October 21, 2020

They study the DNA of Christopher Columbus to know his origin


An archive image of Professor of Legal Medicine José Antonio Lorente with the remains of Christopher Columbus.

An archive image of the professor of Legal Medicine José Antonio Lorente with the remains of Christopher Columbus.
EFE

Scientists from the University of Granada, Portugal and Italy develop definitive DNA tests to determine the true origin of Christopher Columbus, whose remains were exhumed in 2003 from the sepulcher of the Cathedral of Seville, a study that will also become a movie of TVE.

The professor of Legal and Forensic Medicine at the University of Granada José Antonio Lorente leads one of the most important historical investigations of the century, the study of the DNA of Christopher Columbus.

The research, which aims to provide scientific data on the origin of the discoverer of America, has lasted for almost two decades and it will reach its final phase in the coming months, as reported in a statement by the University of Granada.

Furthermore, RTVE co-produces, in collaboration with Story Producciones and the University of Granada, a movie documentary and a miniseries focused on this investigation of the DNA of Colón, whose remains were exhumed in 2003 from the Cathedral of Seville.

The results of the study will be announced exclusively in this production, whose premiere is scheduled around October 12, 2021.

Lorente, a pioneer in applying DNA techniques in the forensic field and a world reference, will coordinate in the first semester of 2021 a group of Spanish, Portuguese and Italian scientists focused on studying Columbus’s DNA, a key piece to determine his origin.

After an exceptional permit, Lorente exhumed the remains of the navigator in 2003 and his son Hernando Colón, which were analyzed together with the bones of the younger brother, Diego Colón, although the expert paralyzed the study due to the low efficiency of the technology at that time.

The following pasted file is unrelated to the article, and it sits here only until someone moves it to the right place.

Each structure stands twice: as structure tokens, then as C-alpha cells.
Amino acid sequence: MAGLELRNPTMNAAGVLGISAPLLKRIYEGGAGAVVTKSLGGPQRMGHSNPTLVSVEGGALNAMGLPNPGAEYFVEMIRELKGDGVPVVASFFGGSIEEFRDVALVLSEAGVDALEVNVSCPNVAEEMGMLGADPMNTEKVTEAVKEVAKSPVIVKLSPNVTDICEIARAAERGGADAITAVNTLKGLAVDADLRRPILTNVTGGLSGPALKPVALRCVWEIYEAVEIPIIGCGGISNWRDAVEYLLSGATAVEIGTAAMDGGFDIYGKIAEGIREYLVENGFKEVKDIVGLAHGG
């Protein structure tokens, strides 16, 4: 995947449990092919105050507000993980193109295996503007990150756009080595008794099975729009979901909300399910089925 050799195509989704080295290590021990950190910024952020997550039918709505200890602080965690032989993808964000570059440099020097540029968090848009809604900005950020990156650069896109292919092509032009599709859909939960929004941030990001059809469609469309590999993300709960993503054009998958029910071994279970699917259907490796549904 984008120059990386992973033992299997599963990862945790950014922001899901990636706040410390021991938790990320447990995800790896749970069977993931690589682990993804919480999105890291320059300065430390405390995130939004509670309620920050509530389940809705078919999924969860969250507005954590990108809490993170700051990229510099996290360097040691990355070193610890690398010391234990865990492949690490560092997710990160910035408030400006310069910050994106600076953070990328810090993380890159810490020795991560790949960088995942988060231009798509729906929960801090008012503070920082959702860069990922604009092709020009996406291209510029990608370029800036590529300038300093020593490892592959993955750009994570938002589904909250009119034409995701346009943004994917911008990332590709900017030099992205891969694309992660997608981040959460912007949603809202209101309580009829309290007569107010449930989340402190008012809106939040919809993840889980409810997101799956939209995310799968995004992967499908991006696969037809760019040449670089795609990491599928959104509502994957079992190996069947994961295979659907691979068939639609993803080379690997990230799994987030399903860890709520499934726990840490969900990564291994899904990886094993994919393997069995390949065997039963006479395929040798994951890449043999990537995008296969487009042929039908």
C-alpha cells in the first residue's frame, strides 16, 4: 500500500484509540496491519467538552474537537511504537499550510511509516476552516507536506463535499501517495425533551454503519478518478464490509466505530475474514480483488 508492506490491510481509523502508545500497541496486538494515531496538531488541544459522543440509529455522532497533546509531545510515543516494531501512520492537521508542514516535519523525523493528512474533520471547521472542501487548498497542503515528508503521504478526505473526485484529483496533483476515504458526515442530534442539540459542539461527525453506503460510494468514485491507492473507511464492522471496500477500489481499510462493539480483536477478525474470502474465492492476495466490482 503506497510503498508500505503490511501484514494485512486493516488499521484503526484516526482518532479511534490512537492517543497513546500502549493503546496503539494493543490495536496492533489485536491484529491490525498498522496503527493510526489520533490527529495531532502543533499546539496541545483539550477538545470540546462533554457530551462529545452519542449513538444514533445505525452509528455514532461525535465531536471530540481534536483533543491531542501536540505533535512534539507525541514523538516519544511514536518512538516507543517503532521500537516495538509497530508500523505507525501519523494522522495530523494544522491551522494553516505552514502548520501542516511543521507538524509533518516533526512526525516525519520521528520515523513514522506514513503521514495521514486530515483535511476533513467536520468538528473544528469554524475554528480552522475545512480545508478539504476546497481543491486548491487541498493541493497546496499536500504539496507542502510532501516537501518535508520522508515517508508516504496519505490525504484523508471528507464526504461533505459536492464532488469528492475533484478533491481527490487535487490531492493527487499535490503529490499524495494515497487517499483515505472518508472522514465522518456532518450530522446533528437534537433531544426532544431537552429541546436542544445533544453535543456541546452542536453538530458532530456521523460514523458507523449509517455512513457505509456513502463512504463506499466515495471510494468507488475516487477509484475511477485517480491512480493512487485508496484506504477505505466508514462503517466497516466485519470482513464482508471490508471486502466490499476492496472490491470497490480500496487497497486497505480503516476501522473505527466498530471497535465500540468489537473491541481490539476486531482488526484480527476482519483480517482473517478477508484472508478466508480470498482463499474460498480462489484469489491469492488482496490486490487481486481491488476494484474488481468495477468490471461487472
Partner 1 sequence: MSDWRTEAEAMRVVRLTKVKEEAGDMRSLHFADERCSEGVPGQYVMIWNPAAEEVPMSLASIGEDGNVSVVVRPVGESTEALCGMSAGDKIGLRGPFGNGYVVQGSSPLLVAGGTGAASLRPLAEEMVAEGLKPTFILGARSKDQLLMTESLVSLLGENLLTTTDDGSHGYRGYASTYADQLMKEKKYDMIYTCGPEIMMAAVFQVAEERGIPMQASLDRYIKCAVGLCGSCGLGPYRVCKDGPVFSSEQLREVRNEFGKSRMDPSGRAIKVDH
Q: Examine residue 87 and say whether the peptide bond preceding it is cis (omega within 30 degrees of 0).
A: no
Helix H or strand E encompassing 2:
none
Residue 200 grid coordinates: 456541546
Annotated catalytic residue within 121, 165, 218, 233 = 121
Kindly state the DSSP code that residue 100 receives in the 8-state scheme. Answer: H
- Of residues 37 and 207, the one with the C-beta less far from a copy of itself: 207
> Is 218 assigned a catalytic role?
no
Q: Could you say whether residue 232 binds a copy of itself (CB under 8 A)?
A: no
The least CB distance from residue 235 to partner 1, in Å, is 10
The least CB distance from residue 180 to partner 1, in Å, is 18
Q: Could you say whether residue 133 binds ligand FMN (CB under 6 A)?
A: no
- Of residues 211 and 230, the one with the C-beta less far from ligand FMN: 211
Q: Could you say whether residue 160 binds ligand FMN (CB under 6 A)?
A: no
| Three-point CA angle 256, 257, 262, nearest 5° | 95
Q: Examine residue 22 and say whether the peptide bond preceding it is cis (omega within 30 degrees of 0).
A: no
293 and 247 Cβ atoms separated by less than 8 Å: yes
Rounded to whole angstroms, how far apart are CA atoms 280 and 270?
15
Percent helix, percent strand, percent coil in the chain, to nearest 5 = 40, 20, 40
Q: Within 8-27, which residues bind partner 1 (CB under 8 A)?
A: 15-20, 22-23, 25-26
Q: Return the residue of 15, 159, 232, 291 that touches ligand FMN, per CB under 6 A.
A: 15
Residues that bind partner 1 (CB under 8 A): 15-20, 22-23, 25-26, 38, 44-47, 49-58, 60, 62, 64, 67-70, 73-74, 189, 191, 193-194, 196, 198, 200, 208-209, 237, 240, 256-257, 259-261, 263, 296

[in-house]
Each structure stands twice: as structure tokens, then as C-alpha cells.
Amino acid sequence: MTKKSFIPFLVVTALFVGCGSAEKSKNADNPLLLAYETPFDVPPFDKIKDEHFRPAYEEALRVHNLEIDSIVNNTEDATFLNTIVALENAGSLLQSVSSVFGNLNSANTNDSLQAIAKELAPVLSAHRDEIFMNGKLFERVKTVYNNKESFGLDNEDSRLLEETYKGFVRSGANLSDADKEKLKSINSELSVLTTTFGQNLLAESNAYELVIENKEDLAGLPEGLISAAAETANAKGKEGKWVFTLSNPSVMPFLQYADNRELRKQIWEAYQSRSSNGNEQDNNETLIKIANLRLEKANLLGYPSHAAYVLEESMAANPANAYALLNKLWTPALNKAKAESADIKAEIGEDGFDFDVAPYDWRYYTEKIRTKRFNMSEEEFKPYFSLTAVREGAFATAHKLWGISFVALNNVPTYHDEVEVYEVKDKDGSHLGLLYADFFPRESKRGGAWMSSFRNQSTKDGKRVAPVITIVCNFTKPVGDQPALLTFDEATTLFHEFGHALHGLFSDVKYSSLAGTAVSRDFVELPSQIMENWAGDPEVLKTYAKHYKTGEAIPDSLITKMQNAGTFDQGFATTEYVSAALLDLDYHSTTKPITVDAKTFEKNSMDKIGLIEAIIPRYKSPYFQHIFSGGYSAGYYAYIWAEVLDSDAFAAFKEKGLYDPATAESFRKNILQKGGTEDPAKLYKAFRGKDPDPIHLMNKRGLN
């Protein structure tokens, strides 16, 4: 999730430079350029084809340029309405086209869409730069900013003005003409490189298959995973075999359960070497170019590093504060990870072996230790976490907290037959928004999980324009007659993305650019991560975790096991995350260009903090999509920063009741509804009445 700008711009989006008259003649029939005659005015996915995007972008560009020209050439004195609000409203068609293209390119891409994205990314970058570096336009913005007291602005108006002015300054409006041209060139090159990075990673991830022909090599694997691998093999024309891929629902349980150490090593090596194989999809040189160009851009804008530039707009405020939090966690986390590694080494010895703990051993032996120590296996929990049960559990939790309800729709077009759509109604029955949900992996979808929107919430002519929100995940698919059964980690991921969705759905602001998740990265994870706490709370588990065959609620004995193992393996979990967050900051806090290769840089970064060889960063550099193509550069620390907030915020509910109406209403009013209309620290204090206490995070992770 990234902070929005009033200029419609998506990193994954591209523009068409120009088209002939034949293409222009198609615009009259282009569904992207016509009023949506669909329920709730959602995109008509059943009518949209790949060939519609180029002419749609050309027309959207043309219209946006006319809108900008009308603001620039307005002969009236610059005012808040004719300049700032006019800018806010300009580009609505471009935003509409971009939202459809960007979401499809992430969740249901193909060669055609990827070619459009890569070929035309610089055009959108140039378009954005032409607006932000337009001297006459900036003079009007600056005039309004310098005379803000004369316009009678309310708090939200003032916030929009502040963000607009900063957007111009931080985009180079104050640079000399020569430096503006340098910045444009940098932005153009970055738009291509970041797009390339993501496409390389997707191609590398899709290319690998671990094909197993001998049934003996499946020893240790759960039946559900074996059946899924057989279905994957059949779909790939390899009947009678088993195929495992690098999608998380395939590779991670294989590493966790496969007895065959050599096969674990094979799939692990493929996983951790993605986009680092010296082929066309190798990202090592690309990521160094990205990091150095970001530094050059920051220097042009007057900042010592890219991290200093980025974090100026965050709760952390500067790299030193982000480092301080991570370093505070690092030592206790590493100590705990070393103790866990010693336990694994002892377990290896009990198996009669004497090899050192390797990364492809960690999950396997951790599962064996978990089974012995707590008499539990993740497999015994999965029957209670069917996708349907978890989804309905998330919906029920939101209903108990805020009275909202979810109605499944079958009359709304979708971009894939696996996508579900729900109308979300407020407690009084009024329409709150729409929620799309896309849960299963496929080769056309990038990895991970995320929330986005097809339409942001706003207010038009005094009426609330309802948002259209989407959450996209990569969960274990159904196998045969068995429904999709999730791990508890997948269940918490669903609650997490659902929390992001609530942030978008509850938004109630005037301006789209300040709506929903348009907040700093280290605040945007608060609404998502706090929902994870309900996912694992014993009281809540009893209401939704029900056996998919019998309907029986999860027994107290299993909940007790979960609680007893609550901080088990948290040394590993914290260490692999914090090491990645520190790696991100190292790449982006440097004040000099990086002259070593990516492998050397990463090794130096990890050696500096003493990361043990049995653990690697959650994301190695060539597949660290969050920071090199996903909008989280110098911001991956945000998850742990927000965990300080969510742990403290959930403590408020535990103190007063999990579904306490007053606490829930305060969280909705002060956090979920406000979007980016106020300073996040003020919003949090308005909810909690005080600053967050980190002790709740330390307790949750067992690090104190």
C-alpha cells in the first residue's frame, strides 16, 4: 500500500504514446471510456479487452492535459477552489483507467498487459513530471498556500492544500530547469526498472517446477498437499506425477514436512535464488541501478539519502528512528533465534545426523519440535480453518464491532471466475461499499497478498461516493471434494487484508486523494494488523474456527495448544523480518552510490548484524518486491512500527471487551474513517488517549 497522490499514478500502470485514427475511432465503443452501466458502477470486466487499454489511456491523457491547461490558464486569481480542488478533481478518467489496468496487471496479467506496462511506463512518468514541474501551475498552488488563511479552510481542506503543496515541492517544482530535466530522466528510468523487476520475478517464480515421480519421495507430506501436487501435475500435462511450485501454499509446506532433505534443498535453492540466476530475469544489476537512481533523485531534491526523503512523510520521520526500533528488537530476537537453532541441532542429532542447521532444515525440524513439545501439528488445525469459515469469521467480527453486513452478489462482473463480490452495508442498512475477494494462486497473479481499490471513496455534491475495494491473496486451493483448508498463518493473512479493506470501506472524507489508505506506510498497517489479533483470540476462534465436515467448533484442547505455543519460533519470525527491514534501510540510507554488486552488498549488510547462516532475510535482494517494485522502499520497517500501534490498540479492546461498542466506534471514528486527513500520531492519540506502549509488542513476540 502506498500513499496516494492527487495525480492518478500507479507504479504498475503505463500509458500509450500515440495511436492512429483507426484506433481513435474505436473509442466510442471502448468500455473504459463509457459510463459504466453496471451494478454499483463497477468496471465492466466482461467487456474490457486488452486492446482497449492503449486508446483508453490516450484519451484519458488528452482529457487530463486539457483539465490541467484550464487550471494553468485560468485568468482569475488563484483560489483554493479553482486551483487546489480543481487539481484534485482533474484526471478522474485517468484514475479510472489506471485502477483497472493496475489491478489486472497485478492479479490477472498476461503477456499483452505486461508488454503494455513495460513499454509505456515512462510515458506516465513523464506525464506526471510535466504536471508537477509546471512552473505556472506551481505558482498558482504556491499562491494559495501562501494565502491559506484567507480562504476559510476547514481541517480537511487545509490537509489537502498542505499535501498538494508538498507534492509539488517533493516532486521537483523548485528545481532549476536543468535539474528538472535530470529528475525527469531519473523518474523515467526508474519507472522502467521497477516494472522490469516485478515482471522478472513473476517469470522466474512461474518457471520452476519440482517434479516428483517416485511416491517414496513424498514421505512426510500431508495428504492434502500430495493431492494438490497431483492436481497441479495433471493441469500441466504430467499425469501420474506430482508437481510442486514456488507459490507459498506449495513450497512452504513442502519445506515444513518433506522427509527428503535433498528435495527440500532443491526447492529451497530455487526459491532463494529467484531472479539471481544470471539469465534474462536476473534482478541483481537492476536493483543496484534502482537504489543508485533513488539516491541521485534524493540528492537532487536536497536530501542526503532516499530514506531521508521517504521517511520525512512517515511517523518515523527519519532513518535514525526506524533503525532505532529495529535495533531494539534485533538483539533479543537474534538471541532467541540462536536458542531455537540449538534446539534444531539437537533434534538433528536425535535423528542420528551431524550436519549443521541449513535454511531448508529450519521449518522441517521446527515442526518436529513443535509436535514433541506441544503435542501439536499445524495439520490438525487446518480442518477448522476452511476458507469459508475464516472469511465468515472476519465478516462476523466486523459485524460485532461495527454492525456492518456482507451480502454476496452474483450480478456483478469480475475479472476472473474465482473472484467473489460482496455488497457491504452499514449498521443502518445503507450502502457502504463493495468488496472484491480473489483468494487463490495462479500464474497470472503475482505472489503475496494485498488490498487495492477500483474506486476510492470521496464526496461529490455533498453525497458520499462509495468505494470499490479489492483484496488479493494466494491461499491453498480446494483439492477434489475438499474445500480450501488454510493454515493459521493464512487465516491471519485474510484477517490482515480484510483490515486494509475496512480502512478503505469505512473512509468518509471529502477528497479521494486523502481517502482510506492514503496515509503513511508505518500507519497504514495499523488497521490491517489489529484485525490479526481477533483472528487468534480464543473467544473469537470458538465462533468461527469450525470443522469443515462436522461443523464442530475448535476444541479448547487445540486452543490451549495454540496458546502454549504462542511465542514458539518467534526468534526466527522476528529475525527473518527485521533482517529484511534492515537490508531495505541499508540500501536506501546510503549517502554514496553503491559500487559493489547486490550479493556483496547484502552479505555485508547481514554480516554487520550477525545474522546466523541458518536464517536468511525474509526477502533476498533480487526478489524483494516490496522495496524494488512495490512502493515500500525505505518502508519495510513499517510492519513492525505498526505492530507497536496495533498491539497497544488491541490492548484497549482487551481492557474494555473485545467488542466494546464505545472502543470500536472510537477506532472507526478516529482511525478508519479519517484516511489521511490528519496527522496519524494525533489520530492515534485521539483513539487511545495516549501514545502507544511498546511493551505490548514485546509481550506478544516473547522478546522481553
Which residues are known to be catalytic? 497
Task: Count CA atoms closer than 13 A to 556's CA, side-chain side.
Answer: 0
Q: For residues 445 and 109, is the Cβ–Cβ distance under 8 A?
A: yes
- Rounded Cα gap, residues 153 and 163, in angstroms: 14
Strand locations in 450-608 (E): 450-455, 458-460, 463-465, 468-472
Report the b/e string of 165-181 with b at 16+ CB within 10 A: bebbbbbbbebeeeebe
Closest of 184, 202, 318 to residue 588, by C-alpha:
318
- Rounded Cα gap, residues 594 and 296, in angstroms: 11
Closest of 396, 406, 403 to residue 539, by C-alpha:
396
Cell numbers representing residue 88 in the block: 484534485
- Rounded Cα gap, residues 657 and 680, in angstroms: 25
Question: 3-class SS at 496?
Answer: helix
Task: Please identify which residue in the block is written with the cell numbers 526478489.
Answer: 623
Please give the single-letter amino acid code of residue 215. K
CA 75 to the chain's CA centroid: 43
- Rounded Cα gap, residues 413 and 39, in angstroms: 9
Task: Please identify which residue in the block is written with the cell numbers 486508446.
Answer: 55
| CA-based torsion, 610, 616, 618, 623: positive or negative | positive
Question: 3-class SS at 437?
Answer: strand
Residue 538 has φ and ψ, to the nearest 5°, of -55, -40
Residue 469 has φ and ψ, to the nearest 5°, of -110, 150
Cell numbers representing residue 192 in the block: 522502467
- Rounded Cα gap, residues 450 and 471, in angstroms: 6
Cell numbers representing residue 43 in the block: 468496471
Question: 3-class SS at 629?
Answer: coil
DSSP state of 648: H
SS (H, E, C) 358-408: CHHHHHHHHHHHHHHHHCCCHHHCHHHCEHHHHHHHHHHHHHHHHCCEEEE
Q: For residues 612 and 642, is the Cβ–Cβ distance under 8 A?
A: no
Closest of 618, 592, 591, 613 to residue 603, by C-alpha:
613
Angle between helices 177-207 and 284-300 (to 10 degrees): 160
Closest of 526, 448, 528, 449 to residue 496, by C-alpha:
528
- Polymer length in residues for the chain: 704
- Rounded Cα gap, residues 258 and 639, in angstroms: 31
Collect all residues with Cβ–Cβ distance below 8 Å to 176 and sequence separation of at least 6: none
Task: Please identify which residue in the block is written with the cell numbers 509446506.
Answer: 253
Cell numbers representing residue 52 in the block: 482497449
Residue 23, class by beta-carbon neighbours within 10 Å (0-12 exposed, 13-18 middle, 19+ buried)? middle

He deposited the bones in the armored room of the University of Granada until an improvement in the technology for genetic research, which has already arrived and will allow us to know the origin of Columbus.

The studies will be carried out in different parts of the world with the aim of providing objective scientific data that will allow historians and experts to confirm or discard some of the existing theories.

The strongest, most widespread, and universally accepted hypothesis challenged by this study points out that Columbus was from Genoa, although during the last century up to twenty documented theories emerged that attribute the origin of Columbus to places as diverse as Portugal, Castile, other parts of Italy, Catalonia, Mallorca, Galicia, England, Croatia or Poland.

Once the results of the genetic analyzes are ready, all these hypotheses will be studied and put together to solve the enigma of the origin of Columbus, a conclusion that RTVE will immortalize.

In May 2021, coinciding with the 515th anniversary of the death of Columbus, the University of Granada will expand this information.

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